I missed posting last week but I have a VERY good excuse...I promise! New England states have this wonderful thing called February Break where schools close for a week! Many "snowbirds" head for warmer temperatures and this year I was one of the those fortunate "snowbirds"! But not to worry...there was plenty of reading going on! I have so many titles to share I'm not sure where to start...so I think I'll begin with my favorite YA read of the two weeks.
by John Green
Publisher: Dutton (January, 2012)
Ages 14 & up
Despite the tumor-shrinking medical miracle that has bought her a few years, Hazel has never been anything but terminal, her final chapter inscribed upon diagnosis. But when a gorgeous plot twist named Augustus Waters suddenly appears at Cancer Kid Support Group, Hazel’s story is about to be completely rewritten. (description from publisher)
The Fault of Our Stars was the first book I've read by John Green. I loved it! While I won't share this book in my classroom because of some mature content (it is a YA title), I have already recommended it to several of my friends and will definitely be including it in the library I organize and run during the summer. The story of Hazel and Augustus is one that can't help but change you. It's about love...of family, friends, and the power that stories have to bring us together. Even if you don't work with older readers...this is book you won't want to miss! It will be an emotional read, after all it is about a kid with cancer, but it's a story that well worth the emotional ride! Get it! Read it! Share it!
Other YA title I just have to give a little extra attention to here:
by Gary Paulsen
Publisher: Wendy Lamb Books (2011)
Ages 13 & up
Meet Jake who lives in a neighborhood controlled by street violence and fear. He meets a sculptor across the street, and his eyes are opened to another world. Or Jojo,who's closer to her three dogs than to her foster family. When Jojo tries to help another girl who needs a friend, the dogs know what to do. Or Jamie, Erik, and Grandpa, who make up an unusual family. (description from Goodreads.com)
This collection of three novellas had me from Paulsen's introduction:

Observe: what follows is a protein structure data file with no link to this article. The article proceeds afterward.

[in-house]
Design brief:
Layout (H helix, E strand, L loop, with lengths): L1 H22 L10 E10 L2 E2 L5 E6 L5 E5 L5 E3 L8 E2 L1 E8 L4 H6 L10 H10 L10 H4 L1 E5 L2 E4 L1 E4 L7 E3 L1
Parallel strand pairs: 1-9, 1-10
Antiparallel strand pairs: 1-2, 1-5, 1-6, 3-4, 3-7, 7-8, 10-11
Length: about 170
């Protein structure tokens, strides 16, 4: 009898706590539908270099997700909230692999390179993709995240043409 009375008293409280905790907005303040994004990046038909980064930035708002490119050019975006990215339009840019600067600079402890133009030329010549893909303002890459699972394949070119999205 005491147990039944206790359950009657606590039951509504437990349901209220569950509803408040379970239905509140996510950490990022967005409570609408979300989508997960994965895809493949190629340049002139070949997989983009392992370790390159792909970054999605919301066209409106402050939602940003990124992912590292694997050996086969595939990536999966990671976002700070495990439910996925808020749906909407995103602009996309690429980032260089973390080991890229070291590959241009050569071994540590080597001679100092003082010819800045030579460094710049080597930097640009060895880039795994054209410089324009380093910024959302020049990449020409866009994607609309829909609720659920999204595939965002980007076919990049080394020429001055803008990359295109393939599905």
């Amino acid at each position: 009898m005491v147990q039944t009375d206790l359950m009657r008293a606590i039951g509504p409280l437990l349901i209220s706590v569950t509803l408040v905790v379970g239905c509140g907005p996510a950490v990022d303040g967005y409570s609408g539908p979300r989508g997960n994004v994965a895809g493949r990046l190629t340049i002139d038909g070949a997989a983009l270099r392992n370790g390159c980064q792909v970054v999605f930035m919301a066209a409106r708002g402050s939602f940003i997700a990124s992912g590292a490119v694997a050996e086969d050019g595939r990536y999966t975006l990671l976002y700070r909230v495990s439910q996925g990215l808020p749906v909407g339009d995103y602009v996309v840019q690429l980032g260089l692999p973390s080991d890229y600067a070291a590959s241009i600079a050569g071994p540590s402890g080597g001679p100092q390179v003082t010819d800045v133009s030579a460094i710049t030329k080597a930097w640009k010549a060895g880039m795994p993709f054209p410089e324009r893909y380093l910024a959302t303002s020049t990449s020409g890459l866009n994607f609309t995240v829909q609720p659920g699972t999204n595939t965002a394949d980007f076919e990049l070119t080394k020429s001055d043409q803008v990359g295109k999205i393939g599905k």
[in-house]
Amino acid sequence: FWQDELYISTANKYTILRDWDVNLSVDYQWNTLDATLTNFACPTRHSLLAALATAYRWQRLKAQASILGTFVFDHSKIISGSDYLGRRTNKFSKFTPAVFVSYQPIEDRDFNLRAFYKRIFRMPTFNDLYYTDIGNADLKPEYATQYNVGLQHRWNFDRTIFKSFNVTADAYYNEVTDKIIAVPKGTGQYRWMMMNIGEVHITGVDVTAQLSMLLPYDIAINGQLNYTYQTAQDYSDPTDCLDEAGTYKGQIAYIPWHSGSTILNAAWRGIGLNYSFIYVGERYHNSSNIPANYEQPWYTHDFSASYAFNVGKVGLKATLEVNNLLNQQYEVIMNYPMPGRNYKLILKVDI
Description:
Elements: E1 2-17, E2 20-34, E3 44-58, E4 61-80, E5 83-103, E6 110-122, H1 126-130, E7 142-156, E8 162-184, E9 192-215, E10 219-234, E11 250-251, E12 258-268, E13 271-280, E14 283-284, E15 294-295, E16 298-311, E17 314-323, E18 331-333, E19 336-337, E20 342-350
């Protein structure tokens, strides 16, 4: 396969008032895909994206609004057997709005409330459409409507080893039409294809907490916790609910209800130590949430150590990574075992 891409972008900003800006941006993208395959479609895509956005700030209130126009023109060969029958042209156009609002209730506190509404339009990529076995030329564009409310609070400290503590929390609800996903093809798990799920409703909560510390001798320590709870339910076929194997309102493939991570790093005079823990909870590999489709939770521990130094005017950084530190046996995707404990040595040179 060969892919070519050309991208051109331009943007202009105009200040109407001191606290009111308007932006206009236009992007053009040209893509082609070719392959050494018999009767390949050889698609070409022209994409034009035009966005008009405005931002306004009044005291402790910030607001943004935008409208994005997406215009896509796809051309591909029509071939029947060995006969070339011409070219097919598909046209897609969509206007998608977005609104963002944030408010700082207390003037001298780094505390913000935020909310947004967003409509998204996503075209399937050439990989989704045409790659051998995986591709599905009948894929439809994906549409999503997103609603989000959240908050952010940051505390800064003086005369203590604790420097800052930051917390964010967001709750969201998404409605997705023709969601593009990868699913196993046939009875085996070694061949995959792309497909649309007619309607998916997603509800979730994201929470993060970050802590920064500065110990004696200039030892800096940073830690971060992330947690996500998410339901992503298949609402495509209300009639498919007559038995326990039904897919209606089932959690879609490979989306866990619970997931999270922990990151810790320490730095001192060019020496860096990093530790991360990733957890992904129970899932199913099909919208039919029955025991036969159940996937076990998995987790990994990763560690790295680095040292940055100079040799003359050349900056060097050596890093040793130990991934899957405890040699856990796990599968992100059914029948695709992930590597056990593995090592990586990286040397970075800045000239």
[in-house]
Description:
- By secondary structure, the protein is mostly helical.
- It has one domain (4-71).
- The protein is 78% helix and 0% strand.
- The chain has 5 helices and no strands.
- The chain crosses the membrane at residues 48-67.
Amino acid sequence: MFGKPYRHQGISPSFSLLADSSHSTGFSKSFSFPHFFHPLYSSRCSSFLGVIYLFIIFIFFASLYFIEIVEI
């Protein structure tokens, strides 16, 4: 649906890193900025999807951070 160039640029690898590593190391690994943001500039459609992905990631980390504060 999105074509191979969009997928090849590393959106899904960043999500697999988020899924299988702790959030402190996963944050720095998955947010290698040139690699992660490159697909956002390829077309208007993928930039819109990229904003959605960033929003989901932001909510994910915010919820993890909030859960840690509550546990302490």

"I was one of those kids who slipped through the cracks. I had what was euphemistically referred to as a troubled childhood. We were broke, my parents were drunk, my parents had -- another euphemism here -- an unhappy marriage. I was an outsider at school and pretty much raised myself at home. I had nothing and was going nowhere.
Then art and dogs saved me.
First reading, then writing. First friend-pets, then sled dogs. They gave me hope that I wouldn't always be stuck in the horror of my childhood, made me believe that there could be more to my life."
Paulsen then shares the stories of three different young people, writing from what he knows from his own abusive childhood. Each character is on their own with little or no support and resources to draw from. Yet each encounters "hope" through art or dogs or both. Their stories aren't tied up with pretty little "happy ending" bows but their strength and courage is inspiring and effective! I loved it and it's another book that will stick with me long after the last page. The video below is long (6 minutes) but well worth the time to watch when you have it:
Other YA and Middle Grade novels I read this week included Miss Peregrine's Home for Peculiar Children by Ransom Riggs, See You at Harry's by Jo Knowles, Beyond Lucky by Sarah Aronson, The Dragon's Tooth by N. D. Wilson, and Into the Trap by Craig Moodie.